Running into Ace in Boston was a shock. I didn"t know he was back from Kuwait. When I came home from my position as an overseas correspondent, I"d expected I"d never see him again.
And that was the way I"d wanted things to be. After all, I couldn"t let him know about my daughter.
I couldn"t help my feelings for him, though. I"d always been drawn to him.
But he had never wanted children. I had to respect that.
But he wasn"t the same man I"d met in Kuwait, and I wasn"t the same woman either.
I knew sooner or later he would find out my secret and sh*t would hit the fan.Books by Author:Claire Adams Books
To say that my morning had been hectic didn"t even begin to cover it.
Things had been different ever since Ava arrived. Where once I could spend twenty minutes fixing my hair and makeup and getting dressed, plus maybe grabbing a quick breakfast if I had time, I now had to plan on at least an hour to get out of the house. I not only had to dress myself, but I had to get Ava, my squirmy three-year-old, into clothes. No breakfast wasn"t an option anymore; I had to feed something to my daughter. And usually, my hair had to be done at least twice since Ava was still in that hair-pulling phase that I"d hoped she"d grow out of.
It was exhausting. But she was my whole world, and no matter how much work having a daughter was, I was happy with my life.
There were some mornings I really wished there were someone else to pick up the slack. It was hard to juggle a career and a toddler, but I was managing.
"Do you want to come in for some coffee"" Maisie asked as I dropped Ava off with her.
I laughed and shook my head, tucking a stray strand of curly, dark hair behind my ear. "No, don"t have time for that today. Sorry!"
Maisie gave me a sympathetic look. "Lots of work today"" she asked.
"Just a meeting with my editor," I told her. "I"ll be back to pick up Ava right afterward, like we talked about." I had an interview that afternoon as well, but Maisie couldn"t watch Ava for the whole day. It was enough that I didn"t have to bring her into the office with me. At least the interview would be outdoors, and she could run around and entertain herself. I was always worried about bringing her into the office with me; I could just imagine her deciding to color on the expensive furniture or something like that.
I glanced at my watch. "Shoot, if I don"t hurry, I"m going to be late! I"ll see you later, okay""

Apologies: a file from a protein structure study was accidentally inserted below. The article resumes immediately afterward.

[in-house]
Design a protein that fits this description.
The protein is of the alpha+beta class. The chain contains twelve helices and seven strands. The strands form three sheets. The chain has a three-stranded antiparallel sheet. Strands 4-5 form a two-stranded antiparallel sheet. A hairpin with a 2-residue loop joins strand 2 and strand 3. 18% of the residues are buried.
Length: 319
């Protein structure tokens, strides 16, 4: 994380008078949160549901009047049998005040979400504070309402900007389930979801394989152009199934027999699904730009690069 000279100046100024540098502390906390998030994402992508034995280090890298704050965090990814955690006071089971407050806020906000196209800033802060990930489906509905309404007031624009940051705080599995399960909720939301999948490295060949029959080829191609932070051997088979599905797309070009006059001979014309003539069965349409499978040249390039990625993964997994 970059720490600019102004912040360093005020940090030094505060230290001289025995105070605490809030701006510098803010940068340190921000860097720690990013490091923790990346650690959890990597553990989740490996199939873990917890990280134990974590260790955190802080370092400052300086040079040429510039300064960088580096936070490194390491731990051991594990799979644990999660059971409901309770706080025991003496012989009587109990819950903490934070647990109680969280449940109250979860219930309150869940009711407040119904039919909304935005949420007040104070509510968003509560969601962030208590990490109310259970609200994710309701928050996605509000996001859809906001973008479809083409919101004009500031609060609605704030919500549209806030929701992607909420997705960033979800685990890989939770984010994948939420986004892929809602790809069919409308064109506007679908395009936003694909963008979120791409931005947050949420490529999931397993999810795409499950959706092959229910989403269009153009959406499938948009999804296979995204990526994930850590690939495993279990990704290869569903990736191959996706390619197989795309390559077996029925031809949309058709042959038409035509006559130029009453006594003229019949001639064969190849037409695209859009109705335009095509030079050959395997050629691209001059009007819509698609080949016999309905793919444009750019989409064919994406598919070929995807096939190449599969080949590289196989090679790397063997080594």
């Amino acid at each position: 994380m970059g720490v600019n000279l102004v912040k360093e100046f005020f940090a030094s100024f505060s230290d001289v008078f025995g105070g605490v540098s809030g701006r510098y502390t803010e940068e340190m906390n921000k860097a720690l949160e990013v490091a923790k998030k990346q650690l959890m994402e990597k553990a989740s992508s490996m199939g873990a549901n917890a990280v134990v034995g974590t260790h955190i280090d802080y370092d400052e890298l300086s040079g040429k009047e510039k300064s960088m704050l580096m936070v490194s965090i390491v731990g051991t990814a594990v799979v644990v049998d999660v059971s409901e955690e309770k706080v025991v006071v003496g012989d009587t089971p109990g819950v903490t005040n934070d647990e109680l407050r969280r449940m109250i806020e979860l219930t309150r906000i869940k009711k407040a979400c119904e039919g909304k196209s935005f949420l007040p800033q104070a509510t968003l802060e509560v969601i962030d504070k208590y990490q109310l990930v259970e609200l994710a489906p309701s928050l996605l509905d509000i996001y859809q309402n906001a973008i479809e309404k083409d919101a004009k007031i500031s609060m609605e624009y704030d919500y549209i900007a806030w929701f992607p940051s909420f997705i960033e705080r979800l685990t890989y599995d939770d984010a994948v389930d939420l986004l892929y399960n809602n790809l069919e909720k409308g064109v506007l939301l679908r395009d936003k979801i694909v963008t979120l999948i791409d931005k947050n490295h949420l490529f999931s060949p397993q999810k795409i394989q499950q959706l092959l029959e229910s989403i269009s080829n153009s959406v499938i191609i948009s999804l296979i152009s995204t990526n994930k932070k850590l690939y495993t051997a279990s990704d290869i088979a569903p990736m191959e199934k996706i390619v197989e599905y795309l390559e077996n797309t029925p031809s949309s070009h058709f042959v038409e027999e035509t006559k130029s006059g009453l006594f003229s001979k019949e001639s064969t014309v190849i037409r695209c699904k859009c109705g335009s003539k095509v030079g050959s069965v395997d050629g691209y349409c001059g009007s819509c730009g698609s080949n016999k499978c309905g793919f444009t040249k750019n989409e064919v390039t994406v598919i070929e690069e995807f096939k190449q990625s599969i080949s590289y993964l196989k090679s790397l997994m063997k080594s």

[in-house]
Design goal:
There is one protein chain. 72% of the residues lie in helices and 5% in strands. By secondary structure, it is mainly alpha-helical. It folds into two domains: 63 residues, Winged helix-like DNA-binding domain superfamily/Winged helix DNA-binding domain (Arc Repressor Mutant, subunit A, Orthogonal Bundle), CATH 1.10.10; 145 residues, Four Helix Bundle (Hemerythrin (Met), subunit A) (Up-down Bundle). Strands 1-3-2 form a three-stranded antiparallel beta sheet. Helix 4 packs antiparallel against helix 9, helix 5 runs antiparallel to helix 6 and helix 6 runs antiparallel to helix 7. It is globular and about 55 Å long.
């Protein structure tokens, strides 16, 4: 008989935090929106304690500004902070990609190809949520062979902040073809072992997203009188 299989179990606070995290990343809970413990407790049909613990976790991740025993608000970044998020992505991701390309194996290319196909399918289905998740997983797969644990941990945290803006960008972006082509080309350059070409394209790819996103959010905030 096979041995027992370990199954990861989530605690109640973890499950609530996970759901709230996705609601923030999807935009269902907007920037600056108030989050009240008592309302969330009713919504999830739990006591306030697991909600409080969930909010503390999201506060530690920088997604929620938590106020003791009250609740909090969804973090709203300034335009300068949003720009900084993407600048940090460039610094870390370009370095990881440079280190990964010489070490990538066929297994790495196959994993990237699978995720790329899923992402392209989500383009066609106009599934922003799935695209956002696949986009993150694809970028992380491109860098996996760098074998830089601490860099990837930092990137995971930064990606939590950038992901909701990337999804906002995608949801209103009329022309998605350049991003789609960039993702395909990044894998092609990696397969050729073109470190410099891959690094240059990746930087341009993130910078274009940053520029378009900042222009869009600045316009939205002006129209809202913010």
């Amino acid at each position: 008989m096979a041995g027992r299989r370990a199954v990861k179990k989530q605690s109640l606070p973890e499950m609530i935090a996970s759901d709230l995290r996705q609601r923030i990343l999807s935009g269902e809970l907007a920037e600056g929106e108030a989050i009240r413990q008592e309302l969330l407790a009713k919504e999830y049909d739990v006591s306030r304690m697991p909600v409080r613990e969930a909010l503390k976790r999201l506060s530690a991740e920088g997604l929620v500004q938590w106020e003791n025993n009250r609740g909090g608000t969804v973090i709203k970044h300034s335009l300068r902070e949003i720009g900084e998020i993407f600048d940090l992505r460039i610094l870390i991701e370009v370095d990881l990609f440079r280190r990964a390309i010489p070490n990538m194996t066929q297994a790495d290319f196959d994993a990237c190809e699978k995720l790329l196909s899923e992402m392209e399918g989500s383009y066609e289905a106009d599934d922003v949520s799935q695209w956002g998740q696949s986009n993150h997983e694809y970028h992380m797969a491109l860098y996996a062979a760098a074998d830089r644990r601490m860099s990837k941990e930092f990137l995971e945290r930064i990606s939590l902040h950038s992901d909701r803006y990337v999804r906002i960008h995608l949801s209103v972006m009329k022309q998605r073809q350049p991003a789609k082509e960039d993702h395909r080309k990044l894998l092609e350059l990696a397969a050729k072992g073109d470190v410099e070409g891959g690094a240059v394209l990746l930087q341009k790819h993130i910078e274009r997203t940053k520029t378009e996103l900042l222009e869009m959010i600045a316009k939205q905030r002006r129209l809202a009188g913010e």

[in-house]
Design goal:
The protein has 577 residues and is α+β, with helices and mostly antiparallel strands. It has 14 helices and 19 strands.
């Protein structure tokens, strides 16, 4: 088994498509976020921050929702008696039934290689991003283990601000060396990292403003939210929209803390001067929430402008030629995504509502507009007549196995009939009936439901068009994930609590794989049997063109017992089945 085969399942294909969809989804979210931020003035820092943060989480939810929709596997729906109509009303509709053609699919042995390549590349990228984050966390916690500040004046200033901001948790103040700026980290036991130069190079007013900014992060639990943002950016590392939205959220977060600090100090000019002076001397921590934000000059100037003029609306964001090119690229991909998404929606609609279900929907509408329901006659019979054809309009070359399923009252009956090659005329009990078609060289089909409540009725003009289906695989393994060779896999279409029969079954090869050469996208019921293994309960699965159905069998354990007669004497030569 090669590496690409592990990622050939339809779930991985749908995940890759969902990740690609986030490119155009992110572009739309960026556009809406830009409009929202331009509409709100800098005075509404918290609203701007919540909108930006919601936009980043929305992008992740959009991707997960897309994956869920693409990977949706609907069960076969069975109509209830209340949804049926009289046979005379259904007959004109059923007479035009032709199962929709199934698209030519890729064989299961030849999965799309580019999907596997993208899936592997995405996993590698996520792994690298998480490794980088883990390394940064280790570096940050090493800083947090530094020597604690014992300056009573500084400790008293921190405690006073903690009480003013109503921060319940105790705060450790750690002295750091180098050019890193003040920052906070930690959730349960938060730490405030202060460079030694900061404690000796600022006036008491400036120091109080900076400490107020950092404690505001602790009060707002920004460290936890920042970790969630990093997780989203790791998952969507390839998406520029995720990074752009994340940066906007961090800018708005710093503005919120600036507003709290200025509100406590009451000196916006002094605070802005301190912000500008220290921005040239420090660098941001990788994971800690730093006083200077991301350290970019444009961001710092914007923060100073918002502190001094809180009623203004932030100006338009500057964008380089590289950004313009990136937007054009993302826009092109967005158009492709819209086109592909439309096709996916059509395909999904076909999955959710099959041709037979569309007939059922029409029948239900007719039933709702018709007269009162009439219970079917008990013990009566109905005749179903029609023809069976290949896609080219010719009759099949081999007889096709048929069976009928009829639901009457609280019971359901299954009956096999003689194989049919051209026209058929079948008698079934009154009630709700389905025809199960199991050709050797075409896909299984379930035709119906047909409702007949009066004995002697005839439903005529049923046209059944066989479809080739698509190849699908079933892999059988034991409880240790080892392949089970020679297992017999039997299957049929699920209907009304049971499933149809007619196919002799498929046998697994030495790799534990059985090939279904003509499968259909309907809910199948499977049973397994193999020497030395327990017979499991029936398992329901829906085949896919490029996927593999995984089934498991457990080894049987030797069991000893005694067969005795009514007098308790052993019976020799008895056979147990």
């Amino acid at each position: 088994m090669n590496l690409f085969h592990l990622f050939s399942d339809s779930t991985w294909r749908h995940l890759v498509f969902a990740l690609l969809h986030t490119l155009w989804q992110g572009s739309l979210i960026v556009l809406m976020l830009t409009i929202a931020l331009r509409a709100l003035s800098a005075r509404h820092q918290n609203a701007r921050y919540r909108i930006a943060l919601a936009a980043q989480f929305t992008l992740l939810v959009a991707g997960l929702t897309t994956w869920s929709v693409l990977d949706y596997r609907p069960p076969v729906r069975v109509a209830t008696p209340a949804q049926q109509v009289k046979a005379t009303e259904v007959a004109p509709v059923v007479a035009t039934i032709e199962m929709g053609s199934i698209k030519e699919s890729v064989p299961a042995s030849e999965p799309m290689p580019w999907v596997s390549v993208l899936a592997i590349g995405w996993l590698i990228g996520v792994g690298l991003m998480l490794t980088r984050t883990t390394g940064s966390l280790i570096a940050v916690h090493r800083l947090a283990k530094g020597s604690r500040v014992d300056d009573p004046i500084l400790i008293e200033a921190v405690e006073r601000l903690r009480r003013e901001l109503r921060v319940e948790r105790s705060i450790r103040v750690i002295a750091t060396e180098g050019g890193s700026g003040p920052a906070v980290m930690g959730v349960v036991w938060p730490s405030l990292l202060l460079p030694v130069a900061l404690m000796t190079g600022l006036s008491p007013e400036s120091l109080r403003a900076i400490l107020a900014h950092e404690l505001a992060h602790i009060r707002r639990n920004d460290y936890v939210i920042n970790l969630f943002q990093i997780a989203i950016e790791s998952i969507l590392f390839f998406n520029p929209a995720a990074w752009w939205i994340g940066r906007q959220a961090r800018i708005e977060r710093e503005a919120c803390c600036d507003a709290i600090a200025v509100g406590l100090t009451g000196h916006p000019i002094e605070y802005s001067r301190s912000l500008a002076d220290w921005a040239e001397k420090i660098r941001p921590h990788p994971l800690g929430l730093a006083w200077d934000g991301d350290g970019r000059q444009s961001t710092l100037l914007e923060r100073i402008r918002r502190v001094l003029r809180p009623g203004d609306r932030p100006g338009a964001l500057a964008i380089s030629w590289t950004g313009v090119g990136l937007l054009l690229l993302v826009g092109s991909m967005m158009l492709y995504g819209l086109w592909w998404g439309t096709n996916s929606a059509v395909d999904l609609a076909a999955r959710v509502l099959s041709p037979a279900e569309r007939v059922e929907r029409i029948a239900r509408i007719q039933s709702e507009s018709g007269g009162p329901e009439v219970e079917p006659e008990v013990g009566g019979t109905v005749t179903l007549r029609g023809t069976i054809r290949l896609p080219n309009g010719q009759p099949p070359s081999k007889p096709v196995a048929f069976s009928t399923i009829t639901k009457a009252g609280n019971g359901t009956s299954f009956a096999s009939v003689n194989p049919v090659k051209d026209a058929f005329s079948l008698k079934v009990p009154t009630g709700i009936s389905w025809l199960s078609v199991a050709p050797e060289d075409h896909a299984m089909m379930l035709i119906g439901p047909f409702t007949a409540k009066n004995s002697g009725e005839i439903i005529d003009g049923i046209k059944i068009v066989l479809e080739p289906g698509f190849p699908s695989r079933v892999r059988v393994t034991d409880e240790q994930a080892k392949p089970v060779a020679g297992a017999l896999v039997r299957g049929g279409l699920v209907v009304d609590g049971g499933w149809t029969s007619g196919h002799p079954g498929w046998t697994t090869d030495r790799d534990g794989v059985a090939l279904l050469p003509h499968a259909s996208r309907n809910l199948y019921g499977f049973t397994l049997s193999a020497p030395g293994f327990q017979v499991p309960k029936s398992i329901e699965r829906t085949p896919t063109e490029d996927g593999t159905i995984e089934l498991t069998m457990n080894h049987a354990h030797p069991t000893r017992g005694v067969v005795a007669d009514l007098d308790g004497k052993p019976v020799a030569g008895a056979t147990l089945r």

"Don"t worry about us," Maisie said, balancing Ava on her hip, bouncing her lightly to keep her calm. "We"ll see you later."
"Bye, baby girl! I"ll see you later!" I gave Ava a quick kiss on the cheek and then rushed down the stairs. I was tempted to take a taxi to the newspaper office, but I knew there wasn"t enough money left in the budget this month for it. If I pushed it, I could make it on time to my meeting anyway.
I could take the T, too, but I knew that a couple of the stations were closed due to station updates, and I didn"t want to mess around with walking the blocks in between the closed stations. It would take me in a circuitous route anyway. Best to take the quickest route possible, even if it meant ducking in and out of pedestrians on their way to see all Boston had to offer during the summertime.
I still didn"t know why my editor had asked me to come into the office that morning. I"d gone freelance a couple of years earlier to make it easier on me while I was raising Ava. It meant that I could usually count on working with the same companies, but I had the flexibility to pick which articles and how many I worked on rather than feeling like I had to pick up certain pieces. It gave me the flexibility to pick my hours, even though I ended up working most days, both trying to keep my editor happy and in an attempt to make enough money to pay the bills.
And also just because I liked the work that I did. I was lucky to have found the perfect career for me.
As a freelance contributor, usually I scheduled my days in the office, and they were few and far between. I filed most of my stories remotely, and things were going fine.
I had to wonder if the paper was downsizing and they"d decided to cut my articles from here on out. But it wasn"t as though I was under contract with them. They weren"t firing me either way. If they were downsizing, they could just let me know that over the phone. Maybe they were just being polite.
I shrugged. I wouldn"t know what they wanted until I got there. And as I glanced at my watch again, I began to have serious doubts about my ability to get to this meeting on time. I gave a cursory look each direction and barreled into the street, darting around other pedestrians.
It was one of those things that I never understood: if you were moseying along with your friend, why did you have to spread out across the whole pedestrian crossing" If other people were moving faster than you, it was only polite to give them some space to cross. Instead, it felt like I was playing some weird game as I dodged left and right to pass each new group.